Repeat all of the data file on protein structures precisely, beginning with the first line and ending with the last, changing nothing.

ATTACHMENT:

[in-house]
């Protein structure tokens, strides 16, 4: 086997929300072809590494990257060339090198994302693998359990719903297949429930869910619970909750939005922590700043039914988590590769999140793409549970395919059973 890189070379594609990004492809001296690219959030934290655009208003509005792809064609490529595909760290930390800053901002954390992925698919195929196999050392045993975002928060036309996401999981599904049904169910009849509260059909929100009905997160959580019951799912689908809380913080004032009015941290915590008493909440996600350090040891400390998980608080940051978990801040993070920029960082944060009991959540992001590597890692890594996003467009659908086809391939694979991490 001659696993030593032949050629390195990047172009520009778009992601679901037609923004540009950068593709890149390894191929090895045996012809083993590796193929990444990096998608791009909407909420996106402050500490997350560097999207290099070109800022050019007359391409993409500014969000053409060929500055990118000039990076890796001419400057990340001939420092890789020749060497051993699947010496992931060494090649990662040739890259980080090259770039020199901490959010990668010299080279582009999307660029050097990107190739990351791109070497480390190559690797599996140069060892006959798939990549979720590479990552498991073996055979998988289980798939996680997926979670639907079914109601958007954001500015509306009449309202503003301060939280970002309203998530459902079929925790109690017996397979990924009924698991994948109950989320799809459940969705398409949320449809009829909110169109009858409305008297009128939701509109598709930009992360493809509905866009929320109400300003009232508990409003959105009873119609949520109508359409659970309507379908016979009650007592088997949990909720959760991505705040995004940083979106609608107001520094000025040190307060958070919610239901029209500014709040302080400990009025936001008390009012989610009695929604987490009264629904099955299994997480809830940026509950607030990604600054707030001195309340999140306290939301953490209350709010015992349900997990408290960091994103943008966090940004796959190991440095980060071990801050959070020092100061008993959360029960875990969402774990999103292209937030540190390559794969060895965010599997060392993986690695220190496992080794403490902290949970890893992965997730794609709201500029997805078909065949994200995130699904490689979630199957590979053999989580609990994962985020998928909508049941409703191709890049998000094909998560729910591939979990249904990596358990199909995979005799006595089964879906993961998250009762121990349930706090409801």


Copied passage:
[in-house]
């Protein structure tokens, strides 16, 4: 086997929300072809590494990257060339090198994302693998359990719903297949429930869910619970909750939005922590700043039914988590590769999140793409549970395919059973 890189070379594609990004492809001296690219959030934290655009208003509005792809064609490529595909760290930390800053901002954390992925698919195929196999050392045993975002928060036309996401999981599904049904169910009849509260059909929100009905997160959580019951799912689908809380913080004032009015941290915590008493909440996600350090040891400390998980608080940051978990801040993070920029960082944060009991959540992001590597890692890594996003467009659908086809391939694979991490 001659696993030593032949050629390195990047172009520009778009992601679901037609923004540009950068593709890149390894191929090895045996012809083993590796193929990444990096998608791009909407909420996106402050500490997350560097999207290099070109800022050019007359391409993409500014969000053409060929500055990118000039990076890796001419400057990340001939420092890789020749060497051993699947010496992931060494090649990662040739890259980080090259770039020199901490959010990668010299080279582009999307660029050097990107190739990351791109070497480390190559690797599996140069060892006959798939990549979720590479990552498991073996055979998988289980798939996680997926979670639907079914109601958007954001500015509306009449309202503003301060939280970002309203998530459902079929925790109690017996397979990924009924698991994948109950989320799809459940969705398409949320449809009829909110169109009858409305008297009128939701509109598709930009992360493809509905866009929320109400300003009232508990409003959105009873119609949520109508359409659970309507379908016979009650007592088997949990909720959760991505705040995004940083979106609608107001520094000025040190307060958070919610239901029209500014709040302080400990009025936001008390009012989610009695929604987490009264629904099955299994997480809830940026509950607030990604600054707030001195309340999140306290939301953490209350709010015992349900997990408290960091994103943008966090940004796959190991440095980060071990801050959070020092100061008993959360029960875990969402774990999103292209937030540190390559794969060895965010599997060392993986690695220190496992080794403490902290949970890893992965997730794609709201500029997805078909065949994200995130699904490689979630199957590979053999989580609990994962985020998928909508049941409703191709890049998000094909998560729910591939979990249904990596358990199909995979005799006595089964879906993961998250009762121990349930706090409801």